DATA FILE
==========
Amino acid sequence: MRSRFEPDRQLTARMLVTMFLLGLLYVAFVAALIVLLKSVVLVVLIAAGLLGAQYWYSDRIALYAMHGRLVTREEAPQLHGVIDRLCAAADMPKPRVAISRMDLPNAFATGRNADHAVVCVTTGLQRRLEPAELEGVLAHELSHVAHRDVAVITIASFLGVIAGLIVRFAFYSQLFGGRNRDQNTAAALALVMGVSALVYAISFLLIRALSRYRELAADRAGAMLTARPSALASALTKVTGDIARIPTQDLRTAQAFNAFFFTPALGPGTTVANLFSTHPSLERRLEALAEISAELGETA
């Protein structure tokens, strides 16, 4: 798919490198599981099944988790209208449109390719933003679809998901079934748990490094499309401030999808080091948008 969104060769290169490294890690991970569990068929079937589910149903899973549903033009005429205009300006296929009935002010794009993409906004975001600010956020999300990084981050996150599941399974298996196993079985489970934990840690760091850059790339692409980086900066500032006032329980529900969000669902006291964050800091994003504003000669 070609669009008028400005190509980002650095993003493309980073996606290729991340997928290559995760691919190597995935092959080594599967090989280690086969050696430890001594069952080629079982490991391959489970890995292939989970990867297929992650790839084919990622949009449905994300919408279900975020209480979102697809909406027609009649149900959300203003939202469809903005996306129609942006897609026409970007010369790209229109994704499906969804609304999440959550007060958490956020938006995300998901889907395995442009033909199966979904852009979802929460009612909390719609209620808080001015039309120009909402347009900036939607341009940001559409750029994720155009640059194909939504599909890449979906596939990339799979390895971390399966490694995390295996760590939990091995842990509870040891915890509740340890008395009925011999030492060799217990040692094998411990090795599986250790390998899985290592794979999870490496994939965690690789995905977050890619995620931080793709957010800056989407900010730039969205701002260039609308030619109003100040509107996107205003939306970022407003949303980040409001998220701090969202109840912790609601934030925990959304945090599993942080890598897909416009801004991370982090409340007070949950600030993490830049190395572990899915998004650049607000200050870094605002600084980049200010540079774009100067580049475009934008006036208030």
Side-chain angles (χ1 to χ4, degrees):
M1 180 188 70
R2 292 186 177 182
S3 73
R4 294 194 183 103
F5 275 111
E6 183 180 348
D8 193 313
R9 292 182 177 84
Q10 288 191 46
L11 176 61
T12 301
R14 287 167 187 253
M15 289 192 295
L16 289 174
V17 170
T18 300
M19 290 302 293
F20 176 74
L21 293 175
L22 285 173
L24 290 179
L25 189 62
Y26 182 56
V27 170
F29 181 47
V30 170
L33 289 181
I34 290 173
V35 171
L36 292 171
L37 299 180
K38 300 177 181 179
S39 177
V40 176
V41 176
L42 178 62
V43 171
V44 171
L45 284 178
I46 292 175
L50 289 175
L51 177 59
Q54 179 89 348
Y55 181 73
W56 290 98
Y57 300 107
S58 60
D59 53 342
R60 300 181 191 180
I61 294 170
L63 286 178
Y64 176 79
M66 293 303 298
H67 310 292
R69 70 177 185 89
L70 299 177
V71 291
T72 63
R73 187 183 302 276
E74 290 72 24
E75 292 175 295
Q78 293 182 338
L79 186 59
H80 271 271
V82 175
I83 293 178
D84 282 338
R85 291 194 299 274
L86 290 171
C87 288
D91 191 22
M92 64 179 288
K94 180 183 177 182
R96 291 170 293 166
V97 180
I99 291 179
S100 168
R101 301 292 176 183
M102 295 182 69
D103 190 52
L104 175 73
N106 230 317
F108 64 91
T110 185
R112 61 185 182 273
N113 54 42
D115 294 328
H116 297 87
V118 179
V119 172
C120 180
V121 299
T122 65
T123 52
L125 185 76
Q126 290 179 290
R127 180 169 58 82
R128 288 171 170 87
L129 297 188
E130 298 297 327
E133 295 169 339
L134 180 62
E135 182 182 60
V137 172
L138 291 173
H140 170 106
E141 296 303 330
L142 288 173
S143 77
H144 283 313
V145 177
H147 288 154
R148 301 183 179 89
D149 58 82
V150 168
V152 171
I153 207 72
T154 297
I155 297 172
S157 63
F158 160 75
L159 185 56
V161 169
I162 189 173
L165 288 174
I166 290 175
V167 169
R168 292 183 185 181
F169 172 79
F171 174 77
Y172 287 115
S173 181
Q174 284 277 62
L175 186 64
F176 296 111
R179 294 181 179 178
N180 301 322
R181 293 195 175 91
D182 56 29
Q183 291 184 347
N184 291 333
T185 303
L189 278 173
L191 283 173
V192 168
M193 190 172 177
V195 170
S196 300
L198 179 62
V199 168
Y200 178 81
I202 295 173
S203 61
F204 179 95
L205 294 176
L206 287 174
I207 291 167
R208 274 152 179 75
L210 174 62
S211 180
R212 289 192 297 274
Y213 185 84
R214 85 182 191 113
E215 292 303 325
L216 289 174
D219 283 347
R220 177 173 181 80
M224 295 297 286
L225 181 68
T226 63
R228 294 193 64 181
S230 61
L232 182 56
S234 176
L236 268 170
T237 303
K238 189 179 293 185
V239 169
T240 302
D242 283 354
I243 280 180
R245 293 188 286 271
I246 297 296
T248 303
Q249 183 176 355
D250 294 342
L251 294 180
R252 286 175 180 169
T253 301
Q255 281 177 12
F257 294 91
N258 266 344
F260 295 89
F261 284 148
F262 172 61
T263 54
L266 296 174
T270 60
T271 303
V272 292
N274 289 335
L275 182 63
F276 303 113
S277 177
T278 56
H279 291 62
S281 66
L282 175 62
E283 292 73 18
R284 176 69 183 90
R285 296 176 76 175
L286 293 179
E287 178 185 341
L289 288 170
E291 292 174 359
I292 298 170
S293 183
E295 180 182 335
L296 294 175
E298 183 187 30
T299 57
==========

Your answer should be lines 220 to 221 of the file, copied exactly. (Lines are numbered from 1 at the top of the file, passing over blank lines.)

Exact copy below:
S293 183
E295 180 182 335